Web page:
It’s often said that the books of first and second kings are not so much about the kings as they are about the prophets. The story of Ahaziah bears that out. Ahaziah, Rehoboam’s son, reigns in Judah for only two years. He had sought healing from the god of the Philistines rather than looking to the one true God. He sent for the prophet Elijah, whose name means “Yahweh is my God,” with a company of fifty soldiers. Ahaziah took his role as king way too seriously and thought everyone should bow to his wishes. This is not the way to approach God. Elijah called the “fire of God” to come down and devour the soldiers. After this happens a second time, the third commander humbly bows down before Elijah and pleads with him to spare the lives of his soldiers. This is the way to approach the man of God. He humbly asks Elijah to meet with the king. 2 Kings 1:16-18 continues the story, “Then the angel of the Lord said to Elijah, ‘Go down with him; do not be afraid of him.’ So he arose and went down with him to the king and said to him, ‘Thus says the Lord, Because you have sent messengers to inquire of Beelzebub, the god of Ekron—is it because there is no God in Israel to inquire of his word?—therefore you shall not come down from the bed to which you have gone up, but you shall surely die.’ So he died according to the word of the Lord that Elijah had spoken. Jehoram became king in his place in the second year of Jehoram, the son of Jehoshaphat, king of Judah, because Ahaziah had no son. Now the rest of the acts of Ahaziah that he did, are they not written in the Book of the Chronicles of the Kings of Israel?”

 Over 125 years ago, Barlow wrote, “It was a public and practical declaration that he esteemed the fly-god of the Philistines above the living God of Israel, and it was a formal degradation and contempt of, and an insult to, Jehovah. Such a crime had not previously been committed by a king, and, if ever, then certainly now, the time came for the zealous defender of the name of the God of Israel to emerge from his concealment and announce to the bold scoffer the Divine retribution. All idolatry is an insult to the majesty of heaven and will not be allowed to pass unchallenged or unpunished. Idolatry is purely a human creation and is, therefore, imperfect and limited. While all goes well, the infatuated worshipper may be amused and satisfied with the delusion; but when trouble comes, then does he discover the vanity and helplessness of the imagination in which he had misplaced his confidence. The man who has forsaken God is without refuge in his distress.”[1]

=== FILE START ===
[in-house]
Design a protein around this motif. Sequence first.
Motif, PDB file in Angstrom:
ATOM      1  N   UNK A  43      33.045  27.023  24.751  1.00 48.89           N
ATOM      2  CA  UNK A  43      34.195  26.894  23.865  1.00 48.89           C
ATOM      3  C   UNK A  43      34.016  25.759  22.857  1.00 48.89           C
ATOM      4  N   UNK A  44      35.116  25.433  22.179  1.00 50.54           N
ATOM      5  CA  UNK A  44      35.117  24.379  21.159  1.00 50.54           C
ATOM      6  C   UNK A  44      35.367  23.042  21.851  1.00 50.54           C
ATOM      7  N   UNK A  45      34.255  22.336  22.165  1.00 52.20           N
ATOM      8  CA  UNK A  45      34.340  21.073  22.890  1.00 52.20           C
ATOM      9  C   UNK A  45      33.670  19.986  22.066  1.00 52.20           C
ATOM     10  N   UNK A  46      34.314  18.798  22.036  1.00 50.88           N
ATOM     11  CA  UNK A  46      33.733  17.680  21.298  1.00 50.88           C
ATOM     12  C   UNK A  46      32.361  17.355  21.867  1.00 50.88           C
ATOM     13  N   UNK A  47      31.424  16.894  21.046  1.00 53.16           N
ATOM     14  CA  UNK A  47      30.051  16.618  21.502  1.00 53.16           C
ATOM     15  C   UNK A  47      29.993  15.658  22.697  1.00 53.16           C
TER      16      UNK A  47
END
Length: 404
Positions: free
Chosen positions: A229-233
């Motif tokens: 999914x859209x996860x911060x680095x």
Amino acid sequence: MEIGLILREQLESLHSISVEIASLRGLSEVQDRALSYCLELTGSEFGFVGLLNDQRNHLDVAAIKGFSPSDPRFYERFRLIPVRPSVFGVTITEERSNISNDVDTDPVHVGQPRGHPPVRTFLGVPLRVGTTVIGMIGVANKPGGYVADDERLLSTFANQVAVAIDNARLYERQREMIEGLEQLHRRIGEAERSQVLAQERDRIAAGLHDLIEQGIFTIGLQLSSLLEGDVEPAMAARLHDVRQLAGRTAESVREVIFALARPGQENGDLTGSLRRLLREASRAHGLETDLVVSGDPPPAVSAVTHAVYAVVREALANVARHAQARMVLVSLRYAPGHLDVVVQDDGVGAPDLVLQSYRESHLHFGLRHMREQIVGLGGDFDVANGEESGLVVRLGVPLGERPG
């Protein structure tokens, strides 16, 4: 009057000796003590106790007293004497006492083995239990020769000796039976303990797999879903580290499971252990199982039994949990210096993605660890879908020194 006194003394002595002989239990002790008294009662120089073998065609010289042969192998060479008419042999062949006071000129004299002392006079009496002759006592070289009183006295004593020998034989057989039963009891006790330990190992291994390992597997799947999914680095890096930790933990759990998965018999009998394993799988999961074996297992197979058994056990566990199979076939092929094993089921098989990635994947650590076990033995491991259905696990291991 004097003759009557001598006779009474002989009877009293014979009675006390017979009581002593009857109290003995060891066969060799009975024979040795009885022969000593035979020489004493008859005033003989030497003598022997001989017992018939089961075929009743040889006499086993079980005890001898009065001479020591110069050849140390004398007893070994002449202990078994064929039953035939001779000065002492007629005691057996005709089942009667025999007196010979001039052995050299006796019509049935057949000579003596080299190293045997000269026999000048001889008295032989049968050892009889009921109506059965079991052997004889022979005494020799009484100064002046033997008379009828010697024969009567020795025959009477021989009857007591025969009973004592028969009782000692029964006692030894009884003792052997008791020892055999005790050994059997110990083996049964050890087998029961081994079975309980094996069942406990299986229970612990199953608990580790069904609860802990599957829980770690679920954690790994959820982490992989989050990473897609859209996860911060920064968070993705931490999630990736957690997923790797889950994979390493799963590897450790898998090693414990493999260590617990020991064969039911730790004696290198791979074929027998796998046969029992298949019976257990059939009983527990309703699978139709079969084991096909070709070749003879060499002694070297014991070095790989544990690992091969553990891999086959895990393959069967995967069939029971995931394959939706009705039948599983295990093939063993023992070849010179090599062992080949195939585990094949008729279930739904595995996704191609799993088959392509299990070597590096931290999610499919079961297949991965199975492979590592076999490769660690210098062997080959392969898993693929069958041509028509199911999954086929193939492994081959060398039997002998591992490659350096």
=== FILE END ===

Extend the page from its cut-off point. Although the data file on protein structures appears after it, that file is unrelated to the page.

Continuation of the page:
We still have idols that we look to for help, meaning, and purpose in our lives. Identity has become an idol in the 21st century. We have largely abandoned who we are in Christ and place our identity in other things. Whether it be our social media following, our position at work, our abilities/skills, or the achievements we are after, many have their identity wrapped up in the wrong thing. We worship money and material things.  Western culture has bowed to money and possessions for generations. The pursuit of money and the acquisition of things is a guiding force for many. It’s an idol. Jobs used to just be a means to an end. For most people, it was just want you did to provide for your family. Now, what you do has become who you are. You don’t have to look very far to see an advertisement that promises to “fix” our physical appearance. To make us look better, younger, or like your favorite celebrity. We are obsessed with being entertained. From Netflix to vacations and podcasts to TikTok. We LOVE entertainment in many forms. Love might not be strong enough; we are obsessed. Sex might be the only thing we think about more than money. It’s everywhere in our culture. We have taken a gift from God and made it into the god of our lives. And for many, their lives are controlled by sex. There is an endless list of products promising to simplify and add comfort to your life. We have made our lives much easier and much more comfortable than at any other time in history. Tasks that used to take all day can be done in minutes. Many menial tasks are now automated. While that’s a good thing, our pursuit in life should not be comfort alone. Smartphone addiction is increasingly becoming a worrying trend. This is especially true for Gen Z and Millennial generations, but it’s certainly not confined to them. For many, they simply cannot live without their phones (or online presence). Finally, with the advent of social media, almost anyone has the opportunity to become famous and gain influence. All it takes is one viral video or one hot take, and suddenly, you can have thousands and thousands of followers. Is it because there is no God in America?

[1] Barlow, George. 1892. I & II Kings. The Preacher’s Complete Homiletic Commentary. New York; London; Toronto: Funk & Wagnalls Company.